Sustained and scaling I/O rates

Our sustained IOMeter test hammers drives with 4KB random writes for 30 minutes straight. It uses a queue depth of 32, a setting that should result in higher speeds that saturate each drive’s overprovisioned area more quickly. This lengthy—and heavy—workload isn’t indicative of typical PC use, but it provides a sense of how the drives react when they’re pushed to the brink.

We’re reporting IOps rather than response times for these tests. Click the buttons below the graph to switch between SSDs.

The SU800’s sustained random performance echoes the results we saw in our sequential write tests. We expect to see drives hit a high peak early on in this test, then eventually settle down to a much lower steady-state speed as their caching schemes and overprovisioning are overwhelmed. In the SU800’s case, its cache has given up the ghost already by the time the test begins. All we have here is 30 minutes of relatively slow writes.

But that’s not to say that the actual steady-state speed is necessarily bad. To show the data in a slightly different light, we’ve graphed the peak random-write rate and the average, steady-state speed over the last minute of the test.

The SU800’s steady-state TLC write rate is actually quite good, narrowly beating the 850 EVO’s TLC V-NAND and even the planar MLC in the MX200. And it’s almost double that of the MX300. Not bad at all, in context.

Our final IOMeter test examines performance scaling across a broad range of queue depths. We ramp all the way up to a queue depth of 128. Don’t expect AHCI-based drives to scale past 32, though—that’s the maximum depth of their native command queues.

For this test, we use a database access pattern comprising 66% reads and 33% writes, all of which are random. The test runs after 30 minutes of continuous random writes that put the drives in a simulated used state. Click the buttons below the graph to switch between the different drives. And note that the P3700 plot uses a much larger scale.

The SU800’s humdrum scaling won’t get anybody’s heart pounding, but it’s no more humdrum than any run-of-the-mill SATA drive. In fact, you may notice that the scaling curves are quite similar to Adata’s SP550. Let’s plot ’em against each other to try and spot the differences.

The JMicron controller in the XPG SX930 afforded it little scaling performance. The Marvell chip in the MX300 scaled almost linearly as queue depth increased. The Silicon Motion-equipped SP550 and SU800 have a bit more ebb and flow to their curves than the MX300 did, but the end results don’t look all that different from the MX300’s.

The SU800 can now breathe a sigh of relief, since we’re putting IOMeter aside to explore some real-world testing with RoboBench.


TR RoboBench — Real-world transfers

RoboBench trades synthetic tests with random data for real-world transfers with a range of file types. Developed by our in-house coder, Bruno “morphine” Ferreira, this benchmark relies on the multi-threaded robocopy command build into Windows. We copy files to and from a wicked-fast RAM disk to measure read and write performance. We also cut the RAM disk out of the loop for a copy test that transfers the files to a different location on the SSD.

Robocopy uses eight threads by default, and we’ve also run it with a single thread. Our results are split between two file sets, whose vital statistics are detailed below. The compressibility percentage is based on the size of the file set after it’s been crunched by 7-Zip.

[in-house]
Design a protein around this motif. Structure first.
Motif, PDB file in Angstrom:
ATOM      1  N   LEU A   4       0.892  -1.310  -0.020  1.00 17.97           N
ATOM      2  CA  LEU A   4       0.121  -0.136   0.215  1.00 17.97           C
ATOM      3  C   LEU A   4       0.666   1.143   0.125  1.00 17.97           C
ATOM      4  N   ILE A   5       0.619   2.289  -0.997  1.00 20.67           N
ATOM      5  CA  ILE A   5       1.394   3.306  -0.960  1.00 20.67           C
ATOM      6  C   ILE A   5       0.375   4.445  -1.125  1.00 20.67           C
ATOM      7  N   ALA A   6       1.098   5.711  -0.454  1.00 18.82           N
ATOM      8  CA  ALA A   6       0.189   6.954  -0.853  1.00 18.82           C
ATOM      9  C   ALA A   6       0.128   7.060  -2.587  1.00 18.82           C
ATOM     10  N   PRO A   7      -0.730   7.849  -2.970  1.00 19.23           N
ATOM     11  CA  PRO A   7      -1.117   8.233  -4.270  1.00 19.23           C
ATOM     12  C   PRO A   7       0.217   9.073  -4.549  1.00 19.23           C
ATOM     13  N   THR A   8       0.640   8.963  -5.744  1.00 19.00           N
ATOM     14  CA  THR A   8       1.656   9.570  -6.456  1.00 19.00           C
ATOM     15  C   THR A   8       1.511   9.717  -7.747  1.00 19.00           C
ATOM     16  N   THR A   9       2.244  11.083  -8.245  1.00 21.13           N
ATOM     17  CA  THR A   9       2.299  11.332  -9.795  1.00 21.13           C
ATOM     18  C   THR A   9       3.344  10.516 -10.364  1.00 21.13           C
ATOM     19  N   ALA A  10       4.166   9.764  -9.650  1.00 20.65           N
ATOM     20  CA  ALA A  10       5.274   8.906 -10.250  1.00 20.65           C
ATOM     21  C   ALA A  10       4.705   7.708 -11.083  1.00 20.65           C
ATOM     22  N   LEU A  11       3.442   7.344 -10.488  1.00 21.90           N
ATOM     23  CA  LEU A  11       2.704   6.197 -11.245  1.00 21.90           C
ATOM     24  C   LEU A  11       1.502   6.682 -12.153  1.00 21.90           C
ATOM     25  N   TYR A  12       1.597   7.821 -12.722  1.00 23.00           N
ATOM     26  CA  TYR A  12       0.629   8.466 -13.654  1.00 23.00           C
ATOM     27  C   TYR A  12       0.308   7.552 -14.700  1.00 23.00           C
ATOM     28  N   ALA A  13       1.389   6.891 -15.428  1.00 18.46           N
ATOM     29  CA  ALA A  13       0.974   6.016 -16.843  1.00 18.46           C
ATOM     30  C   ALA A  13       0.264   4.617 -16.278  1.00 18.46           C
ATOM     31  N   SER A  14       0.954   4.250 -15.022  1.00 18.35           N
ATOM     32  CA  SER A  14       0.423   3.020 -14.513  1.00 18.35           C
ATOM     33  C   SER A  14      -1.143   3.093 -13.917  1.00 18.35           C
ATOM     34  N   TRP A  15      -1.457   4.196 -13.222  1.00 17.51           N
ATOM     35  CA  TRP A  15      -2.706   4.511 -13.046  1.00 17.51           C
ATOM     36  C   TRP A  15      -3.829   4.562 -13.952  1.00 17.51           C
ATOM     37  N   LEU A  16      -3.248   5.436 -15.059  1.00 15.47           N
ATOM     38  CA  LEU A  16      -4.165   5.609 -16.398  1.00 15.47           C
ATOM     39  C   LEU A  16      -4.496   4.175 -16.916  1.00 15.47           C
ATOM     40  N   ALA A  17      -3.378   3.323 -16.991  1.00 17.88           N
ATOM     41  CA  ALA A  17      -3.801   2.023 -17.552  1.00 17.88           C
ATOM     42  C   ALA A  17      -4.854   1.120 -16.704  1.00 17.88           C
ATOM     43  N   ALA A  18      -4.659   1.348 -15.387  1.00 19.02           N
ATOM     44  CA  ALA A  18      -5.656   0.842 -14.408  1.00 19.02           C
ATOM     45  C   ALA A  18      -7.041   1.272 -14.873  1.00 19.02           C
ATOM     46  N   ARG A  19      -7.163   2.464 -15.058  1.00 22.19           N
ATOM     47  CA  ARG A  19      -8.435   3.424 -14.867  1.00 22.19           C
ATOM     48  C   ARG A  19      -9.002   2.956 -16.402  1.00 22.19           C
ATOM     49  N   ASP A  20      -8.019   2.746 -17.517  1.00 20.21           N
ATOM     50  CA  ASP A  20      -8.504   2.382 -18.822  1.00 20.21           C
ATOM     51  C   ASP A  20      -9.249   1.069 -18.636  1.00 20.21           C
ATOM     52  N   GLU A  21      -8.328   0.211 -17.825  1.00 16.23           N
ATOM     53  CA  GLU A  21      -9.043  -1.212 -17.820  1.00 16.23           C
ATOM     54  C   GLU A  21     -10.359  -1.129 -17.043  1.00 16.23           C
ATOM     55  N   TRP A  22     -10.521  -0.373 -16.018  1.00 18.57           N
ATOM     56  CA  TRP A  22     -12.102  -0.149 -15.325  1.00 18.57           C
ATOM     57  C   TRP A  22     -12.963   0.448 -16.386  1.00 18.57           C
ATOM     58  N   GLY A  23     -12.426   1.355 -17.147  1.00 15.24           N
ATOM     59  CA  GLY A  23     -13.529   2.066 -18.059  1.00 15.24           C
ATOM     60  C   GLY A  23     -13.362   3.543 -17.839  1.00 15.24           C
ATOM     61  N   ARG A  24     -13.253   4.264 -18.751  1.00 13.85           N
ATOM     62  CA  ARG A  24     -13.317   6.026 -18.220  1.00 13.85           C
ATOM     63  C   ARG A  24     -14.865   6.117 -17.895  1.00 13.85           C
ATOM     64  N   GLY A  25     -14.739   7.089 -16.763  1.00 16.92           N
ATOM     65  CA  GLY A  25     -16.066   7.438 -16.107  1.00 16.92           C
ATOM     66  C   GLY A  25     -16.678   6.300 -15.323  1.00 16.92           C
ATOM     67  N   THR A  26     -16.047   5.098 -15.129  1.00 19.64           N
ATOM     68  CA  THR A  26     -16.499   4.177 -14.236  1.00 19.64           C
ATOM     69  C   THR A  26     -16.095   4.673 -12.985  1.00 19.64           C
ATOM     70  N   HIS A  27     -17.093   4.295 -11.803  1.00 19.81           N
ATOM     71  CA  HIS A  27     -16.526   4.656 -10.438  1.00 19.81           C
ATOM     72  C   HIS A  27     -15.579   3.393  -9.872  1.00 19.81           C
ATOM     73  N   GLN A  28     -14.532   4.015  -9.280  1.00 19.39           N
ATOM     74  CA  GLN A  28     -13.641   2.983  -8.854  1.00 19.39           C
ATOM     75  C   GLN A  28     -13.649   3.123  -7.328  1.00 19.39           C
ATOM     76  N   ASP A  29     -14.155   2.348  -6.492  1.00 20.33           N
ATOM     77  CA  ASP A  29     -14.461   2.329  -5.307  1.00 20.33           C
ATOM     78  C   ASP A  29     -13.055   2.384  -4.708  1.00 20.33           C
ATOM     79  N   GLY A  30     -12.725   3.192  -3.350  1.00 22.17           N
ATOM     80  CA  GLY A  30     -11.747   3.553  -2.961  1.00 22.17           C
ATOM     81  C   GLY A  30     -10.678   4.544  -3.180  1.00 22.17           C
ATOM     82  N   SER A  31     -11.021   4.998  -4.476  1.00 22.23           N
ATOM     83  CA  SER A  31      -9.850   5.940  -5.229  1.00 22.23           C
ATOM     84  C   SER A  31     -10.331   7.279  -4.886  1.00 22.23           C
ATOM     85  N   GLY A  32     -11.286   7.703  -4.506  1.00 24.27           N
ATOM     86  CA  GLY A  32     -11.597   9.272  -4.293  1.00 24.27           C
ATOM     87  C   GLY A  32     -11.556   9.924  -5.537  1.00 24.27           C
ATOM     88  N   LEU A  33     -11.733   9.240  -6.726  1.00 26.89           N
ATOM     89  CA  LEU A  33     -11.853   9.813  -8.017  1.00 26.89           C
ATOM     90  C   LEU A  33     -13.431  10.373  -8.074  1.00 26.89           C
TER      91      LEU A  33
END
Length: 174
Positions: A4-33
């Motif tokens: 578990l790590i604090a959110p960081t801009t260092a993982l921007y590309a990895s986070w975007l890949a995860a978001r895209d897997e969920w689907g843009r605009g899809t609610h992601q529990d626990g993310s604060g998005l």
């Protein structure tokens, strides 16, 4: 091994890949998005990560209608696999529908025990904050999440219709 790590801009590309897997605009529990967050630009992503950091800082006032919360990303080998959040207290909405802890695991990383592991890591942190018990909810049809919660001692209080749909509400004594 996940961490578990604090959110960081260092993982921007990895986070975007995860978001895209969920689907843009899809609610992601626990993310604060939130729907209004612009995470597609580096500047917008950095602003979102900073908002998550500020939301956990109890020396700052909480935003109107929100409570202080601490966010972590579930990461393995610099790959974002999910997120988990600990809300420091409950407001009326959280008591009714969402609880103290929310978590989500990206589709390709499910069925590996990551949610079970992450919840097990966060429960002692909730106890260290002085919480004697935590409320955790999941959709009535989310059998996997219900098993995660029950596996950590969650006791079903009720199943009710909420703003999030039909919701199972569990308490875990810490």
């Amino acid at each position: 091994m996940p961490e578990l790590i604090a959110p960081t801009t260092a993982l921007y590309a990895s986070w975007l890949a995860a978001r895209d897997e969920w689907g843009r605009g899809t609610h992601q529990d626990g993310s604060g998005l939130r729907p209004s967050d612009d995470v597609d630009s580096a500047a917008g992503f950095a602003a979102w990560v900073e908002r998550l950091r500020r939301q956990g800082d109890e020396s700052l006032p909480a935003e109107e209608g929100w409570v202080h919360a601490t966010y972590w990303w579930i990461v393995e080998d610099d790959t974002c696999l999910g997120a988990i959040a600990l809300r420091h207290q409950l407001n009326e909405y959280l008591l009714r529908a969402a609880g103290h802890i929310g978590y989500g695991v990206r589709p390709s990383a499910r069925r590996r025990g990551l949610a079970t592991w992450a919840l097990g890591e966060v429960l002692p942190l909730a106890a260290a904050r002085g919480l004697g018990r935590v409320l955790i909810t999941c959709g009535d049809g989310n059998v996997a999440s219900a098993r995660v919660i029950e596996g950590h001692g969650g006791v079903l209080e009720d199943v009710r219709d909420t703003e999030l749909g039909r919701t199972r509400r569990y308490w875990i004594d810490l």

Number of files Average file size Total size Compressibility
Media 459 21.4MB 9.58GB 0.8%
Work 84,652 48.0KB 3.87GB 59%

The media set is made up of large movie files, high-bitrate MP3s, and 18-megapixel RAW and JPG images. There are only a few hundred files in total, and the data set isn’t amenable to compression. The work set comprises loads of TR files, including documents, spreadsheets, and web-optimized images. It also includes a stack of programming-related files associated with our old Mozilla compiling test and the Visual Studio test on the next page. The average file size is measured in kilobytes rather than megabytes, and the files are mostly compressible.

RoboBench’s write and copy tests run after the drives have been put into a simulated used state with 30 minutes of 4KB random writes. The pre-conditioning process is scripted, as is the rest of the test, ensuring that drives have the same amount of time to recover.

Let’s take a look at the media set first. The buttons switch between read, write, and copy results.

The SU800 again offers exemplary read speeds for a SATA drive. And its writes are perfectly fine in this real-world test of performance. The warts we uncovered with IOMeter are smoothed over with a layer of SLC-cache-makeup that’s good enough to fool RoboBench. The SU800 writes as fast as the MX300 when tasked with basic file operations. Despite starting out on the wrong foot, there’s hope for this drive yet.

The SU800 handles the work set just fine, too. With either one or eight threads, the drive puts up numbers right in line with the MX300’s across our read, write, and copy tests.

RoboBench has partially redeemed the SU800, but there’s one last hurdle left to clear. On the next page, we load the drive up with Windows and various applications to see how it performs as primary storage.


Boot times

Until now, all of our tests have been conducted with the SSDs connected as secondary storage. This next batch uses them as system drives.